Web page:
Saga owner begins to woo potential buyers

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The Independent Online

Roger De Haan, the owner of Saga, came a step closer to cutting his family's ties with the pensioners' travel group this week when he formally began courting prospective buyers.

Roger De Haan, the owner of Saga, came a step closer to cutting his family's ties with the pensioners' travel group this week when he formally began courting prospective buyers.

Saga's adviser, the investment bank UBS, has sent out investment memorandums for the £1bn sale of the holidays and insurance business that caters for the over-50s to potential bidders, including all the top private equity houses.

Mr De Haan, who announced his intention to sever his links with Saga last November, is also considering seeking a stock market listing for the business his father founded in 1951.

As part of the "dual track" process, Saga is attempting to discover how many of its customers would be prepared to invest up to £50,000 should it opt to float. Saga sent a survey with this month's edition of Saga Magazine, asking customers how much of their savings they would consider spending on the company's shares.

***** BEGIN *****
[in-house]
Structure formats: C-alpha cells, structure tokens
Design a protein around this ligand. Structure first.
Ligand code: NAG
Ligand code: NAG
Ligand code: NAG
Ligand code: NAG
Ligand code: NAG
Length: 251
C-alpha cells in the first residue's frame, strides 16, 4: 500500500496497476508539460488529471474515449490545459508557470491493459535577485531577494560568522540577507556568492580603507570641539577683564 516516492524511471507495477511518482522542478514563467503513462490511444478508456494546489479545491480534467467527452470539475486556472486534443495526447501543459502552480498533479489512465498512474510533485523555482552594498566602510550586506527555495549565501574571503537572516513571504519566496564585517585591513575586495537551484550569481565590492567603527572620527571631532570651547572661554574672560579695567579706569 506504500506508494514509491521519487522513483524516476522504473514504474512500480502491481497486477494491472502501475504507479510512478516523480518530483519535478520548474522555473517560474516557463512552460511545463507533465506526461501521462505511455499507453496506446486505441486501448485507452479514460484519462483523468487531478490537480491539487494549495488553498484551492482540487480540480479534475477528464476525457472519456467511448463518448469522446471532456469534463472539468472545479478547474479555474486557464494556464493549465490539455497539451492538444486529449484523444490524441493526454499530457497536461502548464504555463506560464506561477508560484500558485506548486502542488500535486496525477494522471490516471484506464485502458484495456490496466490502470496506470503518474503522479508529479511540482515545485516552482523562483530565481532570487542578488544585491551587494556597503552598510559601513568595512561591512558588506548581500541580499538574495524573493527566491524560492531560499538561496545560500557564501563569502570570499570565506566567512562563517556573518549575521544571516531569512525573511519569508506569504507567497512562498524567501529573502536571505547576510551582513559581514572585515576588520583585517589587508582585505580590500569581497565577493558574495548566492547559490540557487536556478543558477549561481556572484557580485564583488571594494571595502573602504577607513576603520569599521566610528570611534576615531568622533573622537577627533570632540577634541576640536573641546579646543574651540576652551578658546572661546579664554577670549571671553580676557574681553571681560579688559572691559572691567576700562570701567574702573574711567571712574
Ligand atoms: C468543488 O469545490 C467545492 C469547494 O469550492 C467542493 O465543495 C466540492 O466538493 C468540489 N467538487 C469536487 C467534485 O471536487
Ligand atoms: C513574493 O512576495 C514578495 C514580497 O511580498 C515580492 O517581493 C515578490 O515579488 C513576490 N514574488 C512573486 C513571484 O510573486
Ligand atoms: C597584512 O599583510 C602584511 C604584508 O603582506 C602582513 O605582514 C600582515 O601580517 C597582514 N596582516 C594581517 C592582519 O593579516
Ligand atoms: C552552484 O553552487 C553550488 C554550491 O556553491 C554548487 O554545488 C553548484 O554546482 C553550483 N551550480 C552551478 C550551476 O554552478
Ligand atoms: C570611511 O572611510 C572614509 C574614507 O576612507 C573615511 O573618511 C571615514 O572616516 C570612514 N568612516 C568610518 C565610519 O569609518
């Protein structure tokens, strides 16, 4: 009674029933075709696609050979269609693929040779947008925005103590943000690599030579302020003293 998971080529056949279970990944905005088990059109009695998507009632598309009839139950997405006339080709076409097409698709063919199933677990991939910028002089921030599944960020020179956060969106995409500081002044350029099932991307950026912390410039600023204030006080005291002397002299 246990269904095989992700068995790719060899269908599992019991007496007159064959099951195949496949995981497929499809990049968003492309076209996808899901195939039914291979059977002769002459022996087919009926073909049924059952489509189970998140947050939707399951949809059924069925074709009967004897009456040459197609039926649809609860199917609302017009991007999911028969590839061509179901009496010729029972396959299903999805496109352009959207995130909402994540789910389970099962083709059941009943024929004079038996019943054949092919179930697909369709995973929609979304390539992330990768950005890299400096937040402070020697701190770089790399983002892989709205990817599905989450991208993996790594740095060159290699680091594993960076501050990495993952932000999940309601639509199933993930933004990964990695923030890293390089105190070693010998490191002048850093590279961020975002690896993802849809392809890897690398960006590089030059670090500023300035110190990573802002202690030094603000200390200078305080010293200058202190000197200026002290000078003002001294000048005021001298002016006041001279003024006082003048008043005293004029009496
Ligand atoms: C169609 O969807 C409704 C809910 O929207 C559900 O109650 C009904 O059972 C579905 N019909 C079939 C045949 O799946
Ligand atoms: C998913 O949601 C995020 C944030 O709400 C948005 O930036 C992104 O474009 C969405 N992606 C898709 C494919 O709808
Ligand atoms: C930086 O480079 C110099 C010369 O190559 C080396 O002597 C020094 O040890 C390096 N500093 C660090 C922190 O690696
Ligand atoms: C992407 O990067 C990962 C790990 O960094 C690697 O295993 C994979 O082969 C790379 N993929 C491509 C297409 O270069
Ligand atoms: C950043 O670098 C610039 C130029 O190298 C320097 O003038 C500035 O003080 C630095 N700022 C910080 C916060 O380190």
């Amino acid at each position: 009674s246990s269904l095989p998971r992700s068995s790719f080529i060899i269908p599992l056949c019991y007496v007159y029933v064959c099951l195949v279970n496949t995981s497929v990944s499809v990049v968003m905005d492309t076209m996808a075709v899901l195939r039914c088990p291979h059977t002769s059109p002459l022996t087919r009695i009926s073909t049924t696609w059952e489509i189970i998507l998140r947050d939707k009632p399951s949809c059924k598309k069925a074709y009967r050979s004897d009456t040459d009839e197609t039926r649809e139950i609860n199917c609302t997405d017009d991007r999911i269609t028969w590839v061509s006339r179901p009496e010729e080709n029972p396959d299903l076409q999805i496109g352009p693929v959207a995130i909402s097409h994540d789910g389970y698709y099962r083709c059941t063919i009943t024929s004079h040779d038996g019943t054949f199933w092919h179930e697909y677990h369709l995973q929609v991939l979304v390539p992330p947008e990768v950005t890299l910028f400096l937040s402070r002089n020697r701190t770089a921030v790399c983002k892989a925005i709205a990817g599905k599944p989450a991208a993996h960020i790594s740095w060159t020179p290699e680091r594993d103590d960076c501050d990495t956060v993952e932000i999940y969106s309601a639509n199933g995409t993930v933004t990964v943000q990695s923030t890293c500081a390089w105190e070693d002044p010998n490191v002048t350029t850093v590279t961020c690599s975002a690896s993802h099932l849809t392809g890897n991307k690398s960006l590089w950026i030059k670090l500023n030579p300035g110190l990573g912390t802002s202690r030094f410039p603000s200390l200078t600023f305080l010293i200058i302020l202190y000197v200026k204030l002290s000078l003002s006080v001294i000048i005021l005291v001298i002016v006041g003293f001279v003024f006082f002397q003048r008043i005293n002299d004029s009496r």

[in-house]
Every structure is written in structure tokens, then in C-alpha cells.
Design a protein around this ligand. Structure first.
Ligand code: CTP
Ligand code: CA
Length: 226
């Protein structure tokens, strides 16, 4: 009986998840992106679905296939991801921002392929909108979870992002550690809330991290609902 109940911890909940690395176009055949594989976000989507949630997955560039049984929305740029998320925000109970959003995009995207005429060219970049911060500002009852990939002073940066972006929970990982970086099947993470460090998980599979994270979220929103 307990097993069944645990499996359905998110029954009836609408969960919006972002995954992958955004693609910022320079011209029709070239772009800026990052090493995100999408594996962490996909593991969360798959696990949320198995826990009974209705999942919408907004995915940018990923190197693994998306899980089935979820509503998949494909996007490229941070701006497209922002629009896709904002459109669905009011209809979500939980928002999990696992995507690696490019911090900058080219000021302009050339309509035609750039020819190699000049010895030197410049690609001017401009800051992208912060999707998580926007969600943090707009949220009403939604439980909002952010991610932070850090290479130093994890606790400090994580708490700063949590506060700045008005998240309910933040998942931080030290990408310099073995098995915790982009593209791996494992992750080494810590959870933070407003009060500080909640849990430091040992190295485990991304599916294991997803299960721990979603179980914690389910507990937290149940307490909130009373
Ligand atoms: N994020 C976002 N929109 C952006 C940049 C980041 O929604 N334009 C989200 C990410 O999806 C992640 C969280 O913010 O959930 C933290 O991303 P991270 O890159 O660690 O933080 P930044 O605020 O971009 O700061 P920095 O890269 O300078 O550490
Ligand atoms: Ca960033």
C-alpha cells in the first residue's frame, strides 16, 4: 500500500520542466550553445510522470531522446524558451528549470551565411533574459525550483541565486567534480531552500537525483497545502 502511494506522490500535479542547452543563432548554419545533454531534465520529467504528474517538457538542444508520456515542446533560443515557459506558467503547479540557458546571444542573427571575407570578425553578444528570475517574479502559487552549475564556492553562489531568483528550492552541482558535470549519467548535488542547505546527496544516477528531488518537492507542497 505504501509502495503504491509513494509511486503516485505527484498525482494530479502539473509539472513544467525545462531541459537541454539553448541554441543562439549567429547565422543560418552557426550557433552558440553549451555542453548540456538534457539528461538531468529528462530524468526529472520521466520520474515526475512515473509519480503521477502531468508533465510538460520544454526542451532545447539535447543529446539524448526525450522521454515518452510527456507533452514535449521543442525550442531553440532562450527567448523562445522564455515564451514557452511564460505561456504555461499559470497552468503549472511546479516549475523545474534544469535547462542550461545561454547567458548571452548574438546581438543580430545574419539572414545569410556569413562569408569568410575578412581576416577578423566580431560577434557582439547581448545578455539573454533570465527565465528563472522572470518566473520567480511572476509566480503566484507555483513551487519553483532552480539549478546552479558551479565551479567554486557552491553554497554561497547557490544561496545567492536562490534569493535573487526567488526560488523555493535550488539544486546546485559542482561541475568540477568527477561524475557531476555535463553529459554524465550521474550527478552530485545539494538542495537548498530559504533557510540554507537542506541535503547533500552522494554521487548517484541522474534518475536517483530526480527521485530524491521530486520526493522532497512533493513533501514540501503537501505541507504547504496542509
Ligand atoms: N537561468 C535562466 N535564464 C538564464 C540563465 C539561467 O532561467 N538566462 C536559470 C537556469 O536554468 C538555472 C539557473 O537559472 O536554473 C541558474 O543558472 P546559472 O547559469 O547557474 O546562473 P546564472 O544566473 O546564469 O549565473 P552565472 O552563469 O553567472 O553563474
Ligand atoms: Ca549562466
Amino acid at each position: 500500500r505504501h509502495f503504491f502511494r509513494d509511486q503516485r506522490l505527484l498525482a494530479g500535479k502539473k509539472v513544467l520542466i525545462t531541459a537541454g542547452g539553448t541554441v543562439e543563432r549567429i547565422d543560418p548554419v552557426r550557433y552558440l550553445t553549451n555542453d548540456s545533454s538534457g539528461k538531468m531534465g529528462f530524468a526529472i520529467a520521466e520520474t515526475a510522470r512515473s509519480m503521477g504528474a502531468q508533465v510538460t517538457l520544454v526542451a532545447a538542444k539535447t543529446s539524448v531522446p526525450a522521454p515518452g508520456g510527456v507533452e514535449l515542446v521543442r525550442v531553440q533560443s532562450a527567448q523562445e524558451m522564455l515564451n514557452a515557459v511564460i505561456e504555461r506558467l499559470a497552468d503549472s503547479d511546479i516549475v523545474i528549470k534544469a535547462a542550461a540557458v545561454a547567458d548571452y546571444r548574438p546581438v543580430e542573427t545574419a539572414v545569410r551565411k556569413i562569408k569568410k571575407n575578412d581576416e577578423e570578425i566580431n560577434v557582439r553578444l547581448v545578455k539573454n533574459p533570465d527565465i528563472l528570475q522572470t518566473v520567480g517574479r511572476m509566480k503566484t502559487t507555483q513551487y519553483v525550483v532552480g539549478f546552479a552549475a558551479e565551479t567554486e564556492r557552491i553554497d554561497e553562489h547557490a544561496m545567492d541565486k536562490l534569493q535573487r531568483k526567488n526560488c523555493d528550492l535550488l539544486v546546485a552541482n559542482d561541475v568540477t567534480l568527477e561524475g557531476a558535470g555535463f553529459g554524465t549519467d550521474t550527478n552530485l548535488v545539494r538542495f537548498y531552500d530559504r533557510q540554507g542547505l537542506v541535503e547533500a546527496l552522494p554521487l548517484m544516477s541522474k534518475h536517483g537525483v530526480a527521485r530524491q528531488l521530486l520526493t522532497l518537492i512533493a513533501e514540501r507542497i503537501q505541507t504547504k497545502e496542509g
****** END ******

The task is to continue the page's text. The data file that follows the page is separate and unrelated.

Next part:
A spokeswoman said it was "way too early" to comment on the replies received so far. A decision on whether the company will be floated or sold is expected in October, she added.

Saga sends a monthly magazine to all its subscribers as well as targeting anyone who has bought one of its products. Saga Magazine, which features an interview with the Conservative party leader, Michael Howard, on the cover of its August edition, has an average circulation of more than 1.2 million and a readership of 2.5 million.

July's survey gave customers five price bands to choose from, ranging from £1,000 to £3,000 and £25,000 to £50,000. It said: "At this stage we do not know the form that this sale will eventually take. If the company were to float, it would be our hope that shares might be made available, where possible, to our customers and readers."

Few of the recent flotations have offered shares to so-called retail investors. Companies prefer limiting their initial share offer to institutional investors, which means that private shareholders miss the chance of benefiting from the share price surge that often accompanies the first day's trading.

Saga, which has mushroomed from its humble origins as a Folkestone-based hotel, is still looking for a chairman after Stuart Rose turned down the offer of the role to join Marks & Spencer.

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